The Innocents (From uskyldige) – Film News | Film-News.co.uk

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This film that crawls under the skin and in the mind, as it strips bare and burrows into childhood, balancing the kindness and cruelty of which children are capable, consciously or not.

Ida (Rakel Lenora Fløttum) and her autistic older sister Anna (Alva Brynsmo Ramstad) have moved to a new house on a large estate somewhere in Norway and are settling there.

Ida seems to have a sociopathic attitude towards Anna’s condition. With barely a hint of emotion, she pinches Anna’s arm for an answer. Later, she tortures Anna by putting broken glass in her shoe, which obviously causes her pain and distress, as does the viewer.

As Ida explores her new surroundings, she befriends Ben (Sam Ashraf) who displays remarkable mental ability: he can deflect a falling stone from its path in another direction. Ida also tries but nothing happens, the stone just falls to the ground.
Feeling the need to experiment more, they find Aisha’s cat (who also possesses power) (Mina Yasmin Bremseth Asheim) and dump the poor animal in a stairwell, a trauma he barely survives.

Putting this aside and forced to take Anna with her, Ida introduces her to the others and a suspicious friendship develops as their mental powers grow stronger. Especially between Anna and Aisha. There seems to be a revival as Anna becomes more cognitive and actually speaks. Ben however, a victim of abuse and a broken home, is on a much darker path and slowly his powers and those of others begin to manifest and collide.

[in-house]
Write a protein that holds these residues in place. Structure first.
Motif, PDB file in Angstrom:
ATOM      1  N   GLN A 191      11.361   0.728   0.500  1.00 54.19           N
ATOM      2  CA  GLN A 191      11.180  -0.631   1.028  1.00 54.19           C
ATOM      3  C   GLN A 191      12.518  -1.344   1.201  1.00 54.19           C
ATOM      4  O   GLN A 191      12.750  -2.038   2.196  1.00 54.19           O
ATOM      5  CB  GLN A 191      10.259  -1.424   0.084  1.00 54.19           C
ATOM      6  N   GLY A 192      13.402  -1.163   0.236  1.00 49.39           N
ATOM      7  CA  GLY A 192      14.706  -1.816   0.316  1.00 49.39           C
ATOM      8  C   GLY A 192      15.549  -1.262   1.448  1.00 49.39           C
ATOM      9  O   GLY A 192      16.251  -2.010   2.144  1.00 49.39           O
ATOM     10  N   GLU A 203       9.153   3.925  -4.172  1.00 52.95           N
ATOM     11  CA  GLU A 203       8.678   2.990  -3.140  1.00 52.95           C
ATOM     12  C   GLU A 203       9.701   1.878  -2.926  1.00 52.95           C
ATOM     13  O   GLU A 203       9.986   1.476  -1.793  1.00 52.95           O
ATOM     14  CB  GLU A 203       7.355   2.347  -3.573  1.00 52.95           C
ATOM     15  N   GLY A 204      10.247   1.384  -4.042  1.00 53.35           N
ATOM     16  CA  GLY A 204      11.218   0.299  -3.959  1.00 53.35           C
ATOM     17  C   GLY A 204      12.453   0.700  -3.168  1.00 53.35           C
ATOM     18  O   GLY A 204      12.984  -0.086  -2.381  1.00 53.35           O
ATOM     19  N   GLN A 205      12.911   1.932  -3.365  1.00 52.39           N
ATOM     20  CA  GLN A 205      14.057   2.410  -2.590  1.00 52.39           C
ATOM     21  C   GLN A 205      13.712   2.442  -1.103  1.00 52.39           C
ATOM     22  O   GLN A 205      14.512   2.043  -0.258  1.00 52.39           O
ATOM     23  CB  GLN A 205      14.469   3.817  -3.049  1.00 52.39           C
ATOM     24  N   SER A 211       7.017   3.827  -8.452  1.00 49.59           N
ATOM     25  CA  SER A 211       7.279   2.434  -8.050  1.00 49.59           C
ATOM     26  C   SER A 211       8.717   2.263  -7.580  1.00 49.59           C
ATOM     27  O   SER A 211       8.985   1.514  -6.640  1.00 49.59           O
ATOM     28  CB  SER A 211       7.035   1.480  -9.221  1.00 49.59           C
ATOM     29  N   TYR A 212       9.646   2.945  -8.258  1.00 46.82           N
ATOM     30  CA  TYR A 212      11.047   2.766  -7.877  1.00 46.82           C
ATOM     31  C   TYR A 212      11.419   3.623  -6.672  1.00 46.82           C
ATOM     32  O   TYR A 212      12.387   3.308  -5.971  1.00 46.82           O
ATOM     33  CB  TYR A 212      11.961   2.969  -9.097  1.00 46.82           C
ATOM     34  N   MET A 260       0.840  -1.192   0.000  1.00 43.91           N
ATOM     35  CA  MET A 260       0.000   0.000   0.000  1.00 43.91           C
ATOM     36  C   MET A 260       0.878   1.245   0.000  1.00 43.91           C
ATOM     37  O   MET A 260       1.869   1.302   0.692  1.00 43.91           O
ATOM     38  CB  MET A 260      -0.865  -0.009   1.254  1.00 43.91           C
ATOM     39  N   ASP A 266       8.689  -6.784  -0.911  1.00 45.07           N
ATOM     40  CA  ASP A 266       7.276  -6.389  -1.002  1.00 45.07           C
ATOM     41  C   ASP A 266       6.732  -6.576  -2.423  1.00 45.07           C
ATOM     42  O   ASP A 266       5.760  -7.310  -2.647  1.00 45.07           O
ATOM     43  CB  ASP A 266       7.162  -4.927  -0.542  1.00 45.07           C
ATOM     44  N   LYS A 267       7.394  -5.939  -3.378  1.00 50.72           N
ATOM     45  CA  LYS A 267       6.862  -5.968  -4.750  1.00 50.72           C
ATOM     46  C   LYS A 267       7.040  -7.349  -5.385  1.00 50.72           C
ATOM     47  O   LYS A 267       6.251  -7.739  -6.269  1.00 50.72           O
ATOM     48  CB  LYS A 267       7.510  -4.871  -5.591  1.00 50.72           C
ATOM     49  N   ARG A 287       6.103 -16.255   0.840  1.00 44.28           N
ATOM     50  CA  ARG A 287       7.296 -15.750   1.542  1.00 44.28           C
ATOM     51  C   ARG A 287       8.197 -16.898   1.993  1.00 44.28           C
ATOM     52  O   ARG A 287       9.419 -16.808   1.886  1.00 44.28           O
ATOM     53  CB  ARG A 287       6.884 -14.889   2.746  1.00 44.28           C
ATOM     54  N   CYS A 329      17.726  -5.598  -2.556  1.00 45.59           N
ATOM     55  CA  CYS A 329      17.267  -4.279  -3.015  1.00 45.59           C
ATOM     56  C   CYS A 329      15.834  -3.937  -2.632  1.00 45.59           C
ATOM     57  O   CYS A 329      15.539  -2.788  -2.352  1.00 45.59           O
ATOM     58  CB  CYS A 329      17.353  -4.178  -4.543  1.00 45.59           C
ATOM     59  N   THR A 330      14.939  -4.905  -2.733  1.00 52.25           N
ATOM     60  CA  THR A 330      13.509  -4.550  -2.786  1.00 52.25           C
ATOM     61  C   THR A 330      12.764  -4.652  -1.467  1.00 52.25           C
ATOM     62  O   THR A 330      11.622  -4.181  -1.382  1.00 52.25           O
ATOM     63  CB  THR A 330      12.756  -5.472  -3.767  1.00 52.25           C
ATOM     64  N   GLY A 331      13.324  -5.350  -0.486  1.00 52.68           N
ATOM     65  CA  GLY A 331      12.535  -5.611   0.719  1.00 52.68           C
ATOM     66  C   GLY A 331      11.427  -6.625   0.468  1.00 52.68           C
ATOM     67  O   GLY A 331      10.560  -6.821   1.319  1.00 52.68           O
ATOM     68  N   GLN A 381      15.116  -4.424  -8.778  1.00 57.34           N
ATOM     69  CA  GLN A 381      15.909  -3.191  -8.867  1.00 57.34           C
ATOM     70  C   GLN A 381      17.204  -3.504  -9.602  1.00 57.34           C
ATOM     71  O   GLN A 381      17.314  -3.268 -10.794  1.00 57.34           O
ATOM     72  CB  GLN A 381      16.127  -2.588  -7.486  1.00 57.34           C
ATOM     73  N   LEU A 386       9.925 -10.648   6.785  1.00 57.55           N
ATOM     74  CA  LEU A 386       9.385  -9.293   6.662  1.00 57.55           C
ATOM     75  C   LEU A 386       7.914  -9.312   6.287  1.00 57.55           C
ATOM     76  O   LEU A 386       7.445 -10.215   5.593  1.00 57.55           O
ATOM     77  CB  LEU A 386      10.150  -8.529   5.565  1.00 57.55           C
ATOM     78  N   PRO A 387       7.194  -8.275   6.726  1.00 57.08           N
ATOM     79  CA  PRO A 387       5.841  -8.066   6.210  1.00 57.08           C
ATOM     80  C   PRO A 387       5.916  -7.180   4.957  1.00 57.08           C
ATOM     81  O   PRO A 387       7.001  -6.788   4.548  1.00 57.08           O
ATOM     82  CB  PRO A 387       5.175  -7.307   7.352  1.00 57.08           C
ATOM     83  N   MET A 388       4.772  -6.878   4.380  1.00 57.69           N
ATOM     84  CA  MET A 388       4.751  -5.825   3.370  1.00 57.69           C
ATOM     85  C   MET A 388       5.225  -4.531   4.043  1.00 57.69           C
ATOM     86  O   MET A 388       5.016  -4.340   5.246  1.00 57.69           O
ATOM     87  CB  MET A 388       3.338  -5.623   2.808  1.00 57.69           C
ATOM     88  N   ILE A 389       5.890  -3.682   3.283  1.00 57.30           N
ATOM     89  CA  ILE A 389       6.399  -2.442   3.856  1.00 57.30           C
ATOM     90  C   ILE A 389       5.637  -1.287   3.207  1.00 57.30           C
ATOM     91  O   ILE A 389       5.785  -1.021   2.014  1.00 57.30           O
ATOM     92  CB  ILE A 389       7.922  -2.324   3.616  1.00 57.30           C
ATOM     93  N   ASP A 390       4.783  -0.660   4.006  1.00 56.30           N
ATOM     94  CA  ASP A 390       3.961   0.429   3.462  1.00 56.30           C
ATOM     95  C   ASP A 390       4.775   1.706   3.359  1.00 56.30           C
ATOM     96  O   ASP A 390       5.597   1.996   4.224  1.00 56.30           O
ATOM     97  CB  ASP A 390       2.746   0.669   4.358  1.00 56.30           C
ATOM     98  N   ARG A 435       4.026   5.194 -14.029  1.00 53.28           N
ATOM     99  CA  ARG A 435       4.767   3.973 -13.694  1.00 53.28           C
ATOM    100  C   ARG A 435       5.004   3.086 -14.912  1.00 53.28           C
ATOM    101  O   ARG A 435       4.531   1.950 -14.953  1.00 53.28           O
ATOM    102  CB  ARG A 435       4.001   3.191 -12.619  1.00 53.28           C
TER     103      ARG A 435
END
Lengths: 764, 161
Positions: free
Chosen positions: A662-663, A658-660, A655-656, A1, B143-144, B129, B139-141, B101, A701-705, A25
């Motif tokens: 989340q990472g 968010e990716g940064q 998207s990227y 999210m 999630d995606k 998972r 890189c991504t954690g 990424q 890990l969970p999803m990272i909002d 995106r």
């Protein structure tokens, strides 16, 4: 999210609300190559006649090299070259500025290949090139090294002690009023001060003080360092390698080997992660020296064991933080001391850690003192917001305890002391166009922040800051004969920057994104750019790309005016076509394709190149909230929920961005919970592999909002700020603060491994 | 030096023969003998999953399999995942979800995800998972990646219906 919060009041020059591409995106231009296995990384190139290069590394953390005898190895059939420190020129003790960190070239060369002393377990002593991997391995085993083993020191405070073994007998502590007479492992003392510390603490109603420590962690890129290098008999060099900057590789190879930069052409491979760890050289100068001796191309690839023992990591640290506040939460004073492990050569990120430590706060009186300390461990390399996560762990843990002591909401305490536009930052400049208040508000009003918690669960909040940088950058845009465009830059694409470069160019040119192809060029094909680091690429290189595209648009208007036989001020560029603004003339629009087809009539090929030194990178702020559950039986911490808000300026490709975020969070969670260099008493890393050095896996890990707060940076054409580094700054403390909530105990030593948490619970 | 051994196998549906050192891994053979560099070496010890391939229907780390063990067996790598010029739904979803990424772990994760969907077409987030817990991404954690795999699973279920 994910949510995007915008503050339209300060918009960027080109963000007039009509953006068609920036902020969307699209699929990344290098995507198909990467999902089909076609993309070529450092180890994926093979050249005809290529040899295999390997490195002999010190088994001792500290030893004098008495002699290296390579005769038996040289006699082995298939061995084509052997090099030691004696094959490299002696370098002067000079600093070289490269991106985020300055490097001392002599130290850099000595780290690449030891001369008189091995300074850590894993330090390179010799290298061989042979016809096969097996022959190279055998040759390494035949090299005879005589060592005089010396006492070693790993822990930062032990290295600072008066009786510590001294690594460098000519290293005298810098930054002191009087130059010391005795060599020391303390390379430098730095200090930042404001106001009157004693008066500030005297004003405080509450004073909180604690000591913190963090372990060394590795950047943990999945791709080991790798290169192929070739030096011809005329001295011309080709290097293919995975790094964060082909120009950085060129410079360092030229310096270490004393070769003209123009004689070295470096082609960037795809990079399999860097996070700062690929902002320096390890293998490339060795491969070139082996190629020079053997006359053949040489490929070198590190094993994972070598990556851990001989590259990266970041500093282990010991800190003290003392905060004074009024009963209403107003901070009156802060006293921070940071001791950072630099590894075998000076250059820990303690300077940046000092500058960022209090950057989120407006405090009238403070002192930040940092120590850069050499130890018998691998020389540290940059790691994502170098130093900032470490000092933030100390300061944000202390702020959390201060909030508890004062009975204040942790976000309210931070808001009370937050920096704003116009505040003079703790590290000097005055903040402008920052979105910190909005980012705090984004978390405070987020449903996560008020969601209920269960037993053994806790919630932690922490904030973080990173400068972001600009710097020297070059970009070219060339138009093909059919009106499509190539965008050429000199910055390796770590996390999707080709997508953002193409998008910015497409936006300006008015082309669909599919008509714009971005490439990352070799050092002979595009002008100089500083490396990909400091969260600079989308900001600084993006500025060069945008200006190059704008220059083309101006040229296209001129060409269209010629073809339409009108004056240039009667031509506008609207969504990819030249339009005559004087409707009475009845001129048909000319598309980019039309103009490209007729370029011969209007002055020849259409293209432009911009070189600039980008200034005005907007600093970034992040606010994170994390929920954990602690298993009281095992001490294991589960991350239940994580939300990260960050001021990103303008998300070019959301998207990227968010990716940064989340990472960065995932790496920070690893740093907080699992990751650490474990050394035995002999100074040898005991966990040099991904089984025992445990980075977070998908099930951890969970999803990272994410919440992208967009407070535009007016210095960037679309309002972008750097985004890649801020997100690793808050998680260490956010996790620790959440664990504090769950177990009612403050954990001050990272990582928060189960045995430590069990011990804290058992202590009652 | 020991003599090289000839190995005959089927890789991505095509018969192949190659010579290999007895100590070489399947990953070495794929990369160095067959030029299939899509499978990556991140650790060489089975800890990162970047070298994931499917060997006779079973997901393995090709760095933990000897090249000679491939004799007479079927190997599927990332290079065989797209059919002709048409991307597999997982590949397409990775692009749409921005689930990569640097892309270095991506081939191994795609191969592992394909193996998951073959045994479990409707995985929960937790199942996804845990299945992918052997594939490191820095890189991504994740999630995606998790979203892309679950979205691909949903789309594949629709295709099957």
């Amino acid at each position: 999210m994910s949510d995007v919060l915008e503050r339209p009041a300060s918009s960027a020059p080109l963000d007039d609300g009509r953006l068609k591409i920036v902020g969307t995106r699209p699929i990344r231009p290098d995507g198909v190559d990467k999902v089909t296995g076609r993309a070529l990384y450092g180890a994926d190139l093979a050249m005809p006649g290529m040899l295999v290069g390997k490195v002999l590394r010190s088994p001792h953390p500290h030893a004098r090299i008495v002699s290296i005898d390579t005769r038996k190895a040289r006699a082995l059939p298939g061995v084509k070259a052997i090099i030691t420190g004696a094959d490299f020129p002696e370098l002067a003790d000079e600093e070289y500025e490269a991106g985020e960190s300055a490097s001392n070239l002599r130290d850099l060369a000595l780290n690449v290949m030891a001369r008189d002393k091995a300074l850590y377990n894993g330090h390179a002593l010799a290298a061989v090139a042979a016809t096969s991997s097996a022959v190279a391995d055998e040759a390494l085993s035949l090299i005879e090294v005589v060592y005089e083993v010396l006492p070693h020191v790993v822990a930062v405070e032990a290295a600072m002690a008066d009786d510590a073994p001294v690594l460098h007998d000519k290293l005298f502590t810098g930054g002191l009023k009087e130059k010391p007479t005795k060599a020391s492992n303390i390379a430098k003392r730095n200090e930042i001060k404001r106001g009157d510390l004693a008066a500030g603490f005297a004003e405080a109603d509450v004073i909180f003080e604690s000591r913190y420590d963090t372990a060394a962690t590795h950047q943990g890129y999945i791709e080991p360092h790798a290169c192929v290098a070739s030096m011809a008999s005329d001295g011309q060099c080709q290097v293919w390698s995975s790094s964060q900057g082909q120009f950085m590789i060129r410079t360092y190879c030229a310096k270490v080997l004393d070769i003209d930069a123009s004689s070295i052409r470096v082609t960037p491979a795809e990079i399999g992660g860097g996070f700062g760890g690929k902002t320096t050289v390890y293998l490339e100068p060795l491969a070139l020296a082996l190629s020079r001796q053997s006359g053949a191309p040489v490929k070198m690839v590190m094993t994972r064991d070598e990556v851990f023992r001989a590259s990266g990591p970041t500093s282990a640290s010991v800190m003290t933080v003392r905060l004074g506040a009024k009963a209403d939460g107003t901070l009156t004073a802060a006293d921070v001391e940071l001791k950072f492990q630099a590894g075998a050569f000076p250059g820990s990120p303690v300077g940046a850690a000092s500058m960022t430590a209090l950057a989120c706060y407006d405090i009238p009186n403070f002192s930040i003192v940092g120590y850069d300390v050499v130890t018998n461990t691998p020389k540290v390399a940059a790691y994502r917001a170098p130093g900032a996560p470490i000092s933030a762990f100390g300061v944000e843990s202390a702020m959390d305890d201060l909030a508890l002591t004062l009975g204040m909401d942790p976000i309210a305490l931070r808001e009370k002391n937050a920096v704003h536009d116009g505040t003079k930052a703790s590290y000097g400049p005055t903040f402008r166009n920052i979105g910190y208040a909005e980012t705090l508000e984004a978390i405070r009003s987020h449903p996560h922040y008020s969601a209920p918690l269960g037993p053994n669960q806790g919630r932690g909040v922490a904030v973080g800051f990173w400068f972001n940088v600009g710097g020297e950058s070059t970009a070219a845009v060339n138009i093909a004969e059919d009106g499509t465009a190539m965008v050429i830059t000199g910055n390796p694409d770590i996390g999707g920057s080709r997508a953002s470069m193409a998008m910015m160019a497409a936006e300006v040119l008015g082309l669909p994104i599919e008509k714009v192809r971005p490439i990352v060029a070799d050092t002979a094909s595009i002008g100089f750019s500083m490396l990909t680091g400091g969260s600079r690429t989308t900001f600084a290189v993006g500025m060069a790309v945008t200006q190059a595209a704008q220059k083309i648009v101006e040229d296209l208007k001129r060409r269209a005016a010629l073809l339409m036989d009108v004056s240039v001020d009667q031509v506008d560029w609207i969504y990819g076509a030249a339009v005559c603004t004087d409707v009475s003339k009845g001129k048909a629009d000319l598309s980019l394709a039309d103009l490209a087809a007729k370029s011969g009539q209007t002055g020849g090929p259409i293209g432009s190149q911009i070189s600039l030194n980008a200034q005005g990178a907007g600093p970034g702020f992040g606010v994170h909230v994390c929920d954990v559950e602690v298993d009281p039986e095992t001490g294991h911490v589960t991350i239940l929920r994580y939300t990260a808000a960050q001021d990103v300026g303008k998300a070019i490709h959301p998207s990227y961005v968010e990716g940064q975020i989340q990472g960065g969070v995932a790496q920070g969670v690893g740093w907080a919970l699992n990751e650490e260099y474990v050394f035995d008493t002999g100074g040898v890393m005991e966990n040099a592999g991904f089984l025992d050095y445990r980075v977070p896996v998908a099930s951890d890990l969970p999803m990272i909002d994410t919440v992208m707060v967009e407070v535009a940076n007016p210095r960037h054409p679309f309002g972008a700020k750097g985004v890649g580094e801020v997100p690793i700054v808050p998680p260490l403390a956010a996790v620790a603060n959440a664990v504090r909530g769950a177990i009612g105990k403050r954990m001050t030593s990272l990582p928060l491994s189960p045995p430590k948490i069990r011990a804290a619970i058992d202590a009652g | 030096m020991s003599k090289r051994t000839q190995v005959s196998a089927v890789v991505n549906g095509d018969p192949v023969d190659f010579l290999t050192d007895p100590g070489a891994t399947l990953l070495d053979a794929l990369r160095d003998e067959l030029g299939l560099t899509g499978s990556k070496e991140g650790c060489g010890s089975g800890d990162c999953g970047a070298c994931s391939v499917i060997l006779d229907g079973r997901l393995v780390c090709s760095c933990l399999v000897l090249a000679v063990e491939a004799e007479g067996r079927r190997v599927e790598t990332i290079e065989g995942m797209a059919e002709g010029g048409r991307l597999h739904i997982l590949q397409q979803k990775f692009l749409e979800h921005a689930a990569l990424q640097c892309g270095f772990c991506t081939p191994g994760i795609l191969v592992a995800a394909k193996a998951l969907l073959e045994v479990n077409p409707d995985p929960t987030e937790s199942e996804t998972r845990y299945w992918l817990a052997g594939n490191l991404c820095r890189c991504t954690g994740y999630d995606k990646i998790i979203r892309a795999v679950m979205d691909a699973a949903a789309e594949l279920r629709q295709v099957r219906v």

A deeply disturbing film from Norwegian writer and director Eskil Vogt with scenes that will make even the most hardened viewers squirm. The Innocents approach life from the point of view of children (adults don’t see much of it). The charming curiosity and stimulations of this time were juxtaposed with their innate capacity for selfishness and destruction with little or no sympathy.

Ida, initially frustrated with her sister, begins to see something more in her as Aisha’s gentle psychic suggestions open Anna up to her sister and her family. Conversely, the resentful Ben associates his power with cruelty and revenge. It’s hard to quantify how much of this can be attributed to a terrible family life because the character develops enough that we feel that this villainy is a deep-seated character flaw, regardless of the environment.

The film looks amazing with the camera panning around the barrenness of the glass buildings, but also taking advantage of the bright sunshine and nearby woods, suggesting an urban idyll, at first. But it’s only a superficial luster once the camera descends into the complex and observes the daily life of the inhabitants.

The young actors are remarkable because their characters change with the circumstances. It’s hard to pick one, but Ashraf is particularly complex at playing someone who isn’t very likable from the get-go, although he may elicit some sympathy due to his situation.

The Innocents will be in theaters and on digital from May 20

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